Brookline expedition success

Yesterday had the most amazing weather; it was the perfect day for an expedition! The sidewalks were a bit treacherous, as there were puddles of water concealing ice sheets, but the sky was clear and it was so warm that I didn’t even need a sweater at times.

I successfully found a havdallah candle, six astoundingly fresh bagels (I’d already had a rather large lunch, so I didn’t get to eat them fresh.  I should have skipped the Chinese and just had lunch in the bakery, because yum.), and a tallit.  The last item was not entirely planned, as I will have the homemade one eventually, but since it will be done this summer at the earliest and will probably be somewhat unusually warm and fluffy, I thought I might look through the lighter-weight ones and see if the right one appeared.  The right one did, relatively rapidly.  Just to make sure, I put it back and browsed around for a while, found the candle, determined that they didn’t have the baking cookbook I’d been thinking of getting, and then went back and the tallit was still the right one.  It is painted silk, in a sort of subtle washed/dripped pattern in dark blues and greens, and the blessing painted on in silver.  It’s like having my own tiny little ocean :-)  And it was remarkably reasonably priced for hand-painted silk.  I think I may make new tzitzit…the ones it came with feel very mass-produced in a way that the cloth doesn’t.  I should find out what to do with the old ones if I do that, though.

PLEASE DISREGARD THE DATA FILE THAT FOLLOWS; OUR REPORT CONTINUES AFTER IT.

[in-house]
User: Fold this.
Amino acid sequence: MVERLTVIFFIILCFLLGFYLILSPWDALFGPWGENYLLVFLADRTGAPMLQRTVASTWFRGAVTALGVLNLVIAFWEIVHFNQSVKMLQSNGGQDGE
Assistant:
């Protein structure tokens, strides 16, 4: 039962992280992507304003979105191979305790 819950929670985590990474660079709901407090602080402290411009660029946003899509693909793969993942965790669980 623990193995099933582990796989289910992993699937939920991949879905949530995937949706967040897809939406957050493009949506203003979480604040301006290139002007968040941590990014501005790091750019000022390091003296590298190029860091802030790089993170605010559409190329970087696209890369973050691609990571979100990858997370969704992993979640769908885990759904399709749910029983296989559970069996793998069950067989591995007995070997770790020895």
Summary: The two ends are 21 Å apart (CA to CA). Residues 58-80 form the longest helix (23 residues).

8 Responses so far »

  1. 1

    debka_notion said,

    Tzitzit, being made purposefully for a mitzvah, should not be removed unless you’re going to put them on something else, or have someone else do so. If you decide to put your own on instead of the ones that came on the tallis, well- I’ll cheerfully take the old ones off your hands, or I’m sure someone else around would.

    You could also remove them, and then just retie them yourself- people do that a good amount, especially if they bought a tallis with Ashenazi knots, and want Sefardi ones, etc.

    What baking cookbook are you looking for? I’m going to the YU book sale sometime soonish, and I could keep an eye out for it, if you’d like…

    • 2

      limesarah said,

      Also, if I were to make tzitzit from scratch, are there rules for the fiber preparation apart from the intention-setting phrases used when tying them? Most of the information I’ve been able to find assumes one is not quite that much of a fiber geek.

  2. 3

    limesarah said,

    Thanks! That is much helpful information :-)

    There’s a link to the baking cookbook above — it’s called “A Blessing of Bread”. I found a really excellent raising challah recipe from it on someone’s blog, and it looks like it has all sorts of interesting things in it.

  3. 4

    debka_notion said,

    If your tallit contains any wool or linen, then you don’t want the tzitzit to contain the other one. In fact, they are best made with one or the other of those two fibers, generally, wool being the most common, but matching the garment that they’re going to go on is also desirable.

    The actual spinning needs to be done with the intention that the string will be used for tzitzit, as well.

    That’s what I know off the top of my head, but if this is something you’re actually planning to do, I’ll do some actual research into the sources. Let me now.